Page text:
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德国将在2045年实现碳中和,提前5年
来源:bundesregierung.de | 作者:沐睿环境-莉哥 | 发布时间: 2021-10-11 | 153 次浏览 | 分享到:

We naturally want COP 26 in Glasgow to be a success. Germany will do its part to make this happen. We also all agree, I think, that the world needs it to be a success. And our climate dialogue today and tomorrow is of course dedicated to precisely this goal.
The Petersberg Climate Dialogue has already become a tradition. I launched it in 2010 after the failure of the Copenhagen conference the previous year. We needed to rebuild trust for new negotiations. I believe that the Petersberg Climate Dialogue has proven effective in this regard and has become integral to international climate policy. My thanks naturally go to Svenja Schulze and the Environment Ministry for all of the preparations.
We have come to speak of climate neutrality as a shared global goal. Progress towards this goal depends on two crucial factors: national ambition on the one hand and international solidarity on the other.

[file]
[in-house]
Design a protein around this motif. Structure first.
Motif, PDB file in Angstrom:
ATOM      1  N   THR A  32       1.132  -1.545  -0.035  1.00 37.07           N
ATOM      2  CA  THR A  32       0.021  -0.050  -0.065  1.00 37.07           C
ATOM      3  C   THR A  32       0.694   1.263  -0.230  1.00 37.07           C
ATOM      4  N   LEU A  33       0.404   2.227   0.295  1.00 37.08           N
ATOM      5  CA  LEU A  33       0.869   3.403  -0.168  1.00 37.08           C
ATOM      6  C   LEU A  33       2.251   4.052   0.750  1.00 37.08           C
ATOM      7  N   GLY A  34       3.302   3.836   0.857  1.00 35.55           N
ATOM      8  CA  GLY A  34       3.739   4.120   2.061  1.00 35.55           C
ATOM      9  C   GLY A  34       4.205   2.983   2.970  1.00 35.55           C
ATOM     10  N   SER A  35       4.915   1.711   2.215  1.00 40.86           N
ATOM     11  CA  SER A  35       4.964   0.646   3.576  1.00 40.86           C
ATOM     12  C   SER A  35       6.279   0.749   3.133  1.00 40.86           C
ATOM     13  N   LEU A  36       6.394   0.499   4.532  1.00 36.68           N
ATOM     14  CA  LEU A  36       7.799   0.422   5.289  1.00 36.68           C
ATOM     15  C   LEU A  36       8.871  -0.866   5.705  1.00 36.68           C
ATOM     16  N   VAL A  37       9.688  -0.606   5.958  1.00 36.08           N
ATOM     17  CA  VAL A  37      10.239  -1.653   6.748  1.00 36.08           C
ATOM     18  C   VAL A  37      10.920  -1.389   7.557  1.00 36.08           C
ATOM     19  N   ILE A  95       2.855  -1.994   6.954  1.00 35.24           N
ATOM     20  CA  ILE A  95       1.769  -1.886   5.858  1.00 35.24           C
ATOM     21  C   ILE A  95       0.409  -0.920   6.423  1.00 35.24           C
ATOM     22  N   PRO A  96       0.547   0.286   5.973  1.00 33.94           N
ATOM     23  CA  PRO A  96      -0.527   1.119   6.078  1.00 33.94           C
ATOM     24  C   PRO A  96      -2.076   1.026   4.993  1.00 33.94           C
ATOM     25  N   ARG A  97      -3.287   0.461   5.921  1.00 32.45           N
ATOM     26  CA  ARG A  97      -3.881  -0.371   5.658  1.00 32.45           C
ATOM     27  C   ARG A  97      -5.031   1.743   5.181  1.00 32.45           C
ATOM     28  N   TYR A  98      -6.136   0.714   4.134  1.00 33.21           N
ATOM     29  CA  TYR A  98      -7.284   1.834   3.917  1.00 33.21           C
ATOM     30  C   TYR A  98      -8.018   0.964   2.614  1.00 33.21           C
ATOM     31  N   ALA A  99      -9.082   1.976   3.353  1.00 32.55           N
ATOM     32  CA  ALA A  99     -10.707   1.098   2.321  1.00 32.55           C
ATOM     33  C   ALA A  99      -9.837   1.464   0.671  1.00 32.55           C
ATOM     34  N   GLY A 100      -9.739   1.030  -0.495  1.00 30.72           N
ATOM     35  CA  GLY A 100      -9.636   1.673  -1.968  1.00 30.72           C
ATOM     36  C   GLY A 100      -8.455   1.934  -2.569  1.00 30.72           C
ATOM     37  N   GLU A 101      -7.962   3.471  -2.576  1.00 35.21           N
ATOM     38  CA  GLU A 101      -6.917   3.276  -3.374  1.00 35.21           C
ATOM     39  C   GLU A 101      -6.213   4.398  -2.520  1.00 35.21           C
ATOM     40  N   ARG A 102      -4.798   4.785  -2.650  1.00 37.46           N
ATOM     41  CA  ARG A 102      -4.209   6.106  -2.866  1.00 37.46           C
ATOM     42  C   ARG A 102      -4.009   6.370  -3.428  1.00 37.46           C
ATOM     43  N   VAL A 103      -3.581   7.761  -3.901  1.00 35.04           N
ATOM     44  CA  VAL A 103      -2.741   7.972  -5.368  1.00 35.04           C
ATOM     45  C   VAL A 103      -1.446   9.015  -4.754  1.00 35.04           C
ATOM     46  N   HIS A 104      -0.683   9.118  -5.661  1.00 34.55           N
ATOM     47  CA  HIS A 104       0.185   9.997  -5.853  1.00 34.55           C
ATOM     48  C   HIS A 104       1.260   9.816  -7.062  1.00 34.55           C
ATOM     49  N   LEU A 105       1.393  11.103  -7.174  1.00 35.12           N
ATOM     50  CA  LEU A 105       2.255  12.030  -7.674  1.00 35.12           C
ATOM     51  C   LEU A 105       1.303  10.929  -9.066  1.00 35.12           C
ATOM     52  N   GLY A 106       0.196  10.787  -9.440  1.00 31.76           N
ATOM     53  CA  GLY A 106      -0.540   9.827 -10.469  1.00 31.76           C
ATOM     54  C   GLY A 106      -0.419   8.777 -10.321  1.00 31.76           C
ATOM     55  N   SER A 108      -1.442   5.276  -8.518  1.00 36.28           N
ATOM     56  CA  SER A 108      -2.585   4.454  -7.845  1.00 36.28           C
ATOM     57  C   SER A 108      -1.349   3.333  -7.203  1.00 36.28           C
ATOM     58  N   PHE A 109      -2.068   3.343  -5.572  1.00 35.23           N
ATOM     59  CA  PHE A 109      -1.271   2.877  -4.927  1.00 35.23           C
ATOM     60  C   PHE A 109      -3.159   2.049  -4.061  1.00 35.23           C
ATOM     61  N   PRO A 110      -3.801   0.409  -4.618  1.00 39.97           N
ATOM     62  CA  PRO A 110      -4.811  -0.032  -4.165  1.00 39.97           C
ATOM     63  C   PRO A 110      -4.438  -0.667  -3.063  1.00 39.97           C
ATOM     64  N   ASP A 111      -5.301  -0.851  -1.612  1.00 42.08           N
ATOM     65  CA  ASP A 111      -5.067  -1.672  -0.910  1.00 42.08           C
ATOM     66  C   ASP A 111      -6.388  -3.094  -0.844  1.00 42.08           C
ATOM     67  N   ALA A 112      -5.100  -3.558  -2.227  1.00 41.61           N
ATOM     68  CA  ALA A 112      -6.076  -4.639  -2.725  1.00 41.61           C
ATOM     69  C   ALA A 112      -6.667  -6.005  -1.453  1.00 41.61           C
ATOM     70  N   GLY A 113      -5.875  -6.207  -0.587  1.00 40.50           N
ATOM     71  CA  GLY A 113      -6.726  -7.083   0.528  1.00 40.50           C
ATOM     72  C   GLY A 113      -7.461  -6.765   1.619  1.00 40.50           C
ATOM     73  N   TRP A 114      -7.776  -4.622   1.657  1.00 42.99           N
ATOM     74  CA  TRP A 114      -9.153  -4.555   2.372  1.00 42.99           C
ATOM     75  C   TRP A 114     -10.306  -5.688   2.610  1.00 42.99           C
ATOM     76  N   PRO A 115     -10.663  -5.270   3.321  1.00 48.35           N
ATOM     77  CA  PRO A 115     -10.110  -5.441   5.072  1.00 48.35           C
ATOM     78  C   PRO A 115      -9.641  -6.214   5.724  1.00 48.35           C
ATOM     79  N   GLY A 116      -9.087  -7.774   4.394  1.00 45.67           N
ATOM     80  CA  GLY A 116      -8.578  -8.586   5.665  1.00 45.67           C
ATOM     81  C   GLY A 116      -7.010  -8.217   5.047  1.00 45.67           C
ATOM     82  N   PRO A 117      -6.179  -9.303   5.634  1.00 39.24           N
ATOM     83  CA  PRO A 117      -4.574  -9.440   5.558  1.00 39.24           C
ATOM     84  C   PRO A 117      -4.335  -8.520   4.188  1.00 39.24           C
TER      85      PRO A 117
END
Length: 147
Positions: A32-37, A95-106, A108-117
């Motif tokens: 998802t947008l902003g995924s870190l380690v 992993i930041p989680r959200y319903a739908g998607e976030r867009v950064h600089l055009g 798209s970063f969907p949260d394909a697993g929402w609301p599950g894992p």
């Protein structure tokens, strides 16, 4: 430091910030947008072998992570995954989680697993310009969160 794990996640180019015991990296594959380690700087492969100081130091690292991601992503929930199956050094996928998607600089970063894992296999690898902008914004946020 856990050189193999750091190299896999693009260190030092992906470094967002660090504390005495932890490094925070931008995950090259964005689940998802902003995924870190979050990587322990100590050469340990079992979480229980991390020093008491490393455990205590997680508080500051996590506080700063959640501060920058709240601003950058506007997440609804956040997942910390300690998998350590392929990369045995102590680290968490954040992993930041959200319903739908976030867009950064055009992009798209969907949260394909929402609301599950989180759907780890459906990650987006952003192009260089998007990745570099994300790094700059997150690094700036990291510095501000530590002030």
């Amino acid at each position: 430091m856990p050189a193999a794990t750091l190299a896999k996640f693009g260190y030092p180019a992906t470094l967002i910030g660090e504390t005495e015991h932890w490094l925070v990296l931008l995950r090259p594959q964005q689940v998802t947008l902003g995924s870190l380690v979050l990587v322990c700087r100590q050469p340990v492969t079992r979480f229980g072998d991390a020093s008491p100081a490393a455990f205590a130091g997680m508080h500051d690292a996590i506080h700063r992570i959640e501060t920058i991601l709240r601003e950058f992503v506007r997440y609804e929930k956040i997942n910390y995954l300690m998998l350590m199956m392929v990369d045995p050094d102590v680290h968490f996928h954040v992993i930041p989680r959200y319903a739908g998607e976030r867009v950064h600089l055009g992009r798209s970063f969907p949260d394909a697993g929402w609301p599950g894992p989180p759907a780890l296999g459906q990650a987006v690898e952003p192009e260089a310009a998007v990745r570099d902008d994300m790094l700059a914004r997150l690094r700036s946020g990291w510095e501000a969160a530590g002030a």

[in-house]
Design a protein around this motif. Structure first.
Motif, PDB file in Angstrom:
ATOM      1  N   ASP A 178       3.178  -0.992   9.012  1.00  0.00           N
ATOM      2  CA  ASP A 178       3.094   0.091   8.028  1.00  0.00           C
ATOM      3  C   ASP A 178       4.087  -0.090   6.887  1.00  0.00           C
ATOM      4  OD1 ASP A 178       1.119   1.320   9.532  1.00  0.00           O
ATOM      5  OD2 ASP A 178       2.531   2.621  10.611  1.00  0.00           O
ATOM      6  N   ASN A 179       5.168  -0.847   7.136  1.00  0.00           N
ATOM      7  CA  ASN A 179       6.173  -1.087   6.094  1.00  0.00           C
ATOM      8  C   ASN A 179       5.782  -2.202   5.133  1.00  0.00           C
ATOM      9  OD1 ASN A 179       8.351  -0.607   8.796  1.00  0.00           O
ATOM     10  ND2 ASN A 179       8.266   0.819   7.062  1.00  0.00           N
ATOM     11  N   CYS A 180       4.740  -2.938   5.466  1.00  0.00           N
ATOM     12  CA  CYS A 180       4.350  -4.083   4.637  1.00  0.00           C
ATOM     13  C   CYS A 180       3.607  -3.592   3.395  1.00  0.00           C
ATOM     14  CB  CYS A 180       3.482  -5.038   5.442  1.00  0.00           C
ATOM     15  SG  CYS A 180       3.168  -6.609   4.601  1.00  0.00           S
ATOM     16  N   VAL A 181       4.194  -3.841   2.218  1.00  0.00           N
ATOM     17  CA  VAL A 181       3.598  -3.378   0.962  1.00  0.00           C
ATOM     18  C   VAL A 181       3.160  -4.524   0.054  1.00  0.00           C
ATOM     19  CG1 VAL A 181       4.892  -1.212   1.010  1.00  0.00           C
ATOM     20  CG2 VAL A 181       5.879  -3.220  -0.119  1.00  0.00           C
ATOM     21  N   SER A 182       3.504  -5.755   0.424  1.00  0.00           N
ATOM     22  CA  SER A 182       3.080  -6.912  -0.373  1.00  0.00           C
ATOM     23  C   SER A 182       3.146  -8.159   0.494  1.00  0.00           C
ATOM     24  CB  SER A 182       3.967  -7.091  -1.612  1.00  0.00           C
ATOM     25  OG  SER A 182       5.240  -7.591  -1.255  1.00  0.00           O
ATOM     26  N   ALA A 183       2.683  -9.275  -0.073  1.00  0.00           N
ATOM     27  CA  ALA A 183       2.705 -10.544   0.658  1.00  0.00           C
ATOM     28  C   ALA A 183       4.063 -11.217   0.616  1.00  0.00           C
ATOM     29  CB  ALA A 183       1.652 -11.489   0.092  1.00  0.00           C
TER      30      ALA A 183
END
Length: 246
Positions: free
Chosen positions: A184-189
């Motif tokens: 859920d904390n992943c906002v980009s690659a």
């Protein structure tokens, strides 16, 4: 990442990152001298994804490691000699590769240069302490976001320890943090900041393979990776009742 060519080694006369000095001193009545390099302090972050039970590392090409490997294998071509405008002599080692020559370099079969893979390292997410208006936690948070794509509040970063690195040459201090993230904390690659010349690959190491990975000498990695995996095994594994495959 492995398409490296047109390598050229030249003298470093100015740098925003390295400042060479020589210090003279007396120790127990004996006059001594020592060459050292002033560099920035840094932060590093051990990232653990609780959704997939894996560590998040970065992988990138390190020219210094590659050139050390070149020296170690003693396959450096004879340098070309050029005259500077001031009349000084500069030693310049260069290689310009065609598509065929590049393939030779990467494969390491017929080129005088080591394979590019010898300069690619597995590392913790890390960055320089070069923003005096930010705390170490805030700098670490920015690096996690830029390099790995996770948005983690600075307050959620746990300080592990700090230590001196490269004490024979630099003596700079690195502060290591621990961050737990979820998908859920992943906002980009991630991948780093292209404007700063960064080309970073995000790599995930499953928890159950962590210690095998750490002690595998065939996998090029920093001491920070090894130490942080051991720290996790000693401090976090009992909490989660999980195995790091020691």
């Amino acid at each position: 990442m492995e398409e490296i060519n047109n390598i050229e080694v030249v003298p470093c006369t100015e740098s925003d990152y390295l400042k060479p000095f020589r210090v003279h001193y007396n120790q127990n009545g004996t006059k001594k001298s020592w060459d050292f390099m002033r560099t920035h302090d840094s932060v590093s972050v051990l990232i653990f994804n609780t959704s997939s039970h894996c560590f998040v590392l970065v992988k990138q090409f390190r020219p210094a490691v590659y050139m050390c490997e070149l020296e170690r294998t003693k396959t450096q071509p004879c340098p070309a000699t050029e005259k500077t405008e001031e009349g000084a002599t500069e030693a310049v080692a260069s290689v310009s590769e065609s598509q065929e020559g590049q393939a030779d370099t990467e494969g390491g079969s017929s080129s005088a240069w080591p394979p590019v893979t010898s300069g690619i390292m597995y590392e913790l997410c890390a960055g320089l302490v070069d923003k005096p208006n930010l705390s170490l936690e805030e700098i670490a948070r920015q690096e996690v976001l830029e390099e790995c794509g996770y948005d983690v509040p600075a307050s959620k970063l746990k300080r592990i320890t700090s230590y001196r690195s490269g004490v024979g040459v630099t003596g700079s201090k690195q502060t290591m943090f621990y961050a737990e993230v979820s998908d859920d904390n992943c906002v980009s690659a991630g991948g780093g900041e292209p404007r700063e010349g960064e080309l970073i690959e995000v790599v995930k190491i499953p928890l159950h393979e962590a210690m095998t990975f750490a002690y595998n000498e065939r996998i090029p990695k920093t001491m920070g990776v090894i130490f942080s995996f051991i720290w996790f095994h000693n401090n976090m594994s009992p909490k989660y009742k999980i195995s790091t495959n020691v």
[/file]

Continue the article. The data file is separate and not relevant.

I will begin by saying something about national ambition. All states are called upon to develop new nationally determined contributions and long-term strategies. The European Union has already sent out a clear message. By 2030, we want to reduce our CO2 emissions by at least 55 percent as against 1990.
Many other states have also announced that they will be increasing their national contributions to climate change mitigation. For example, President Biden recently introduced a new 2030 target for the US. Boris Johnson has set the United Kingdom an ambitious goal for 2035. Canada and Japan have also defined new goals which make it clear that they are ready to do more. It would be good, if I may be perfectly honest, if we could all agree on comparable figures as a basis for our goals, because we currently have such a confusing array of different years as starting points and target dates that it is impossible to compare them without a conversion table on hand.